Structural racism refers to the set of institutional practices and social, economic and political relations that favor one ethnic group over another.
It is the structures of society that directly or indirectly promote racial prejudice and contribute to perpetuating inequalities.
Structural racism in Brazil has its origin in the process of enslavement of the African population brought in from the 16th century by Portuguese colonizers.
This structuring condition of racism results in the maintenance and intensification of exclusion, the lack of opportunities, violence and poverty of the black population.
Structural racism in Brazil
Structural racism originates with slavery
From the 16th century, the Portuguese brought about 5 million blacks from the African continent to work as slaves in the dominated lands.
Slavery took place between the years 1550 and 1888 and throughout that period the enslaved population was subjected to a barbaric regime of violence and forced labor.
The end of slavery did not end the social exclusion of blacks
Even with the end of slavery, in 1888, the black population did not have the right to enter society. They remained without access to land, education or work.
One example was the 2nd official act of the Complementary Law to the 1824 Constitution, which prohibited blacks from attending schools, as they were “sick with contagious diseases”.
The lack of opportunities for blacks after liberation led this population to crime or to engage in low-paid, manual activities.
Racial theories justified maintaining racism
The domination of white over black was based on scientific theories that tried to prove the physical and mental inferiority of blacks.
These theories spread among Brazilian intellectuals in the 19th century and gave justification for maintaining the marginalization of blacks in society even after the end of slavery.
European immigration and the attempt to “whiten” the population
With the end of slavery, laws were created to bring workers to Brazil. There was an attempt to promote the “whitening” of the population, offering privileges to European immigrants.
Decree No. 528 of 1890 opened the gates of Brazil for immigration, with the exception of “Indians from Asia and Africa”.
Many European immigrants received land and benefits from the Brazilian state to settle in the country. Blacks, who were already in Brazilian territory, did not receive such privileges.
Racism has intensified social inequalities
These centuries of exclusion allowed the very structures in which society operates to promote the continuity of racism and the maintenance of the black population on the margins of society.
As a result of these years of exclusion, the black population in Brazil has more difficulty in accessing the labor market, opportunities for study and professional qualification.
On the other hand, blacks in Brazil are the biggest victims of homicide, feminicide, violence and illiteracy. Due to the lack of opportunities, they are also the majority of the prison population in the country.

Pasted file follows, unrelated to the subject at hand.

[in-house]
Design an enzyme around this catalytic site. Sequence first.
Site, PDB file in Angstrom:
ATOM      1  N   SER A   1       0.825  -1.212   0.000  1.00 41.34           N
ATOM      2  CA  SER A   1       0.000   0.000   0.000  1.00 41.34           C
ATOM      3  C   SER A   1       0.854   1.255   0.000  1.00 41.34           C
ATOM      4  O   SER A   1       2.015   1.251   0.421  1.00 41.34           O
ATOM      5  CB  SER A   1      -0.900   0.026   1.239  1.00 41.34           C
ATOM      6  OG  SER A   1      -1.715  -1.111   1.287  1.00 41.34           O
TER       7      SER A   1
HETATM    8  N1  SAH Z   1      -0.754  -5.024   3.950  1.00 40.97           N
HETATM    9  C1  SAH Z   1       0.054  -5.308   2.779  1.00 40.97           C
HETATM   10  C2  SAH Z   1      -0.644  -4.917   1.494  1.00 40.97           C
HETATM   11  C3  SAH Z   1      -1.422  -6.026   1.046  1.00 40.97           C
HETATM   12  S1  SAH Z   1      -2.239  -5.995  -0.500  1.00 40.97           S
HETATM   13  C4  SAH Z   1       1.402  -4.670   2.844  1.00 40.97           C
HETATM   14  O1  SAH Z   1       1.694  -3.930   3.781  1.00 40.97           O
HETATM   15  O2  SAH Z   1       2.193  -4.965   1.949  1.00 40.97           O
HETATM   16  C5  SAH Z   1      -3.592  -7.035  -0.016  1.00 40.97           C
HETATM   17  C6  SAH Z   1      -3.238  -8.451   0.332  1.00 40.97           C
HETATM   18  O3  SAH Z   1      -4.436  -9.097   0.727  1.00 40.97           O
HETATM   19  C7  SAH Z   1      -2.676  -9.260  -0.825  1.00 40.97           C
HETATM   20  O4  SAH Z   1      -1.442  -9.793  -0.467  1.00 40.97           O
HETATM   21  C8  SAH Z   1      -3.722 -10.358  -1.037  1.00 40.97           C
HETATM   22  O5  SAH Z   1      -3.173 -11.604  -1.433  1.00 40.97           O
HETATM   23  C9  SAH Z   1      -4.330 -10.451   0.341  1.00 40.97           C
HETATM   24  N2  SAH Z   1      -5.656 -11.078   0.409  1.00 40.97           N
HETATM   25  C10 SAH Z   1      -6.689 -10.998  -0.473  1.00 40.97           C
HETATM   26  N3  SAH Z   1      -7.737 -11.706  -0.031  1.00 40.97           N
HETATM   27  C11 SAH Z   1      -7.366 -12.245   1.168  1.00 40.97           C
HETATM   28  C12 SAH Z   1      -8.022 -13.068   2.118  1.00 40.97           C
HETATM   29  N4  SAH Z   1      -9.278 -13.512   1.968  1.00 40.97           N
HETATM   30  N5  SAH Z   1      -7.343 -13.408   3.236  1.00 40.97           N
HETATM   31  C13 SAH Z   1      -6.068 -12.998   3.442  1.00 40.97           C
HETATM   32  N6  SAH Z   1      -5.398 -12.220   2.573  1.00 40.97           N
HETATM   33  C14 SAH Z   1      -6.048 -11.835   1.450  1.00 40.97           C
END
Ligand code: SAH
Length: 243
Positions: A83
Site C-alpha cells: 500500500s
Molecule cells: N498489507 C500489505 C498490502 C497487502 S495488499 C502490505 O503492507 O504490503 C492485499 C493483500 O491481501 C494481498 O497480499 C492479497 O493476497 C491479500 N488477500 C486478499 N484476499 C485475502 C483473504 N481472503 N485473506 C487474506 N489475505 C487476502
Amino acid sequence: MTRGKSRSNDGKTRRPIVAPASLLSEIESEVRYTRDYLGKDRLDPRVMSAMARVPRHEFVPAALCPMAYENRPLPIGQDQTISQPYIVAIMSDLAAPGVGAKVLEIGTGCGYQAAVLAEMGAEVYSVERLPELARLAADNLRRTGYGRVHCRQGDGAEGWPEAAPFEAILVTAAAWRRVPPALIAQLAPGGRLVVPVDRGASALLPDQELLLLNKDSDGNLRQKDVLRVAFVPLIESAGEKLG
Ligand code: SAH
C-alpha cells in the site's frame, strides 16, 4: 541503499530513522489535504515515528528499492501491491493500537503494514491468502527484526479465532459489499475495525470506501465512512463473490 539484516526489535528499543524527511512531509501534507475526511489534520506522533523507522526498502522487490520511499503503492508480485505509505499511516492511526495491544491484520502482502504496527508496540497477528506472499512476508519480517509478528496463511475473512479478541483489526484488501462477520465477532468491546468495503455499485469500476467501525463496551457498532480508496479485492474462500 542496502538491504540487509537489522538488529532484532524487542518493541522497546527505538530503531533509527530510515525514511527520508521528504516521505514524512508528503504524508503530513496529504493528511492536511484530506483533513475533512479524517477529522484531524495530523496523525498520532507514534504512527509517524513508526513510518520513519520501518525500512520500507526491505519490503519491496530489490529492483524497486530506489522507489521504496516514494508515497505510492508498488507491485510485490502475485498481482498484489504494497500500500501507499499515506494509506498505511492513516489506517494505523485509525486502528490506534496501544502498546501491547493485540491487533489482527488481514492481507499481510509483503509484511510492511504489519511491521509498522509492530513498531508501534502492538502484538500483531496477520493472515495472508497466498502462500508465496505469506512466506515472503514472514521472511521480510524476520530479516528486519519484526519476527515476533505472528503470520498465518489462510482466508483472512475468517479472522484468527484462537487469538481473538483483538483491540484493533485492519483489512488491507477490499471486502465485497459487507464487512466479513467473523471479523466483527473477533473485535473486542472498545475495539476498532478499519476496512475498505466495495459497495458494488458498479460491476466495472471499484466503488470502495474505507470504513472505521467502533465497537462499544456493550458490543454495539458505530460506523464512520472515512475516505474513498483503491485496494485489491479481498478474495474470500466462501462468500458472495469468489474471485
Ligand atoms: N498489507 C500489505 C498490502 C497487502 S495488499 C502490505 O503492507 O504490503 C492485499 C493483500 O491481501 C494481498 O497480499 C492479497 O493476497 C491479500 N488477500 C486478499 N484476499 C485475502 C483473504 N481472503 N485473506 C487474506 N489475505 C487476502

Also understand what racism is .
Examples that reveal structural racism in Brazilian society
Lack of political representativeness
One example is the state’s own power structure: although more than 50% of the Brazilian population declares itself to be black, only 17.8% of the parliamentarians who make up the Federal Congress are black.
The same is repeated in other spheres: of the state governors elected in 2018, none are black and of the mayors elected in 2016, only 29% were black.
National Congress plenary session.
Lack of representativeness in television programs
Another example of the reproduction of racism in structures is the TV programs. There is little representation of black program presenters and also in the lists of soap operas.
One example was the soap opera “Segundo sol” of 2018, which was set in Salvador, Bahia, and whose protagonists were all white. According to the 2017 National Household Sample Survey (Pnad), 85% of Salvador’s population is black.
The Union of Blacks for Equality filed a lawsuit against the broadcaster, claiming that the cast did not represent the population of that city.
This inequality is also reflected in cultural aspects such as jokes and words that have spread in the Portuguese language of Brazil. Some examples of words that use the term “negro” to refer to something negative are:
- Black list
- Black market
Another word used in the Portuguese language is “nightstand”, the name given to bedside tables. The enslaved people used to hold the objects of their masters and could not make a noise, so they were called dumb.
Individual, institutional and structural racism
Racism has three different conceptions: individual, institutional and structural. Individual racism refers to attitudes of discrimination and racial prejudice practiced by individuals.
Institutional racism occurs when public and private institutions act in a racist manner, granting privileges to certain social groups and disadvantages to others.
Structural racism occurs when prejudice in social, economic, cultural and political relations is normalized. In such cases, even if people or institutions are punished for racist acts, this accountability does not reduce social inequalities.
It is for this reason that experts in racial studies argue that the construction of a less unequal society will only be possible with the end of structural racism.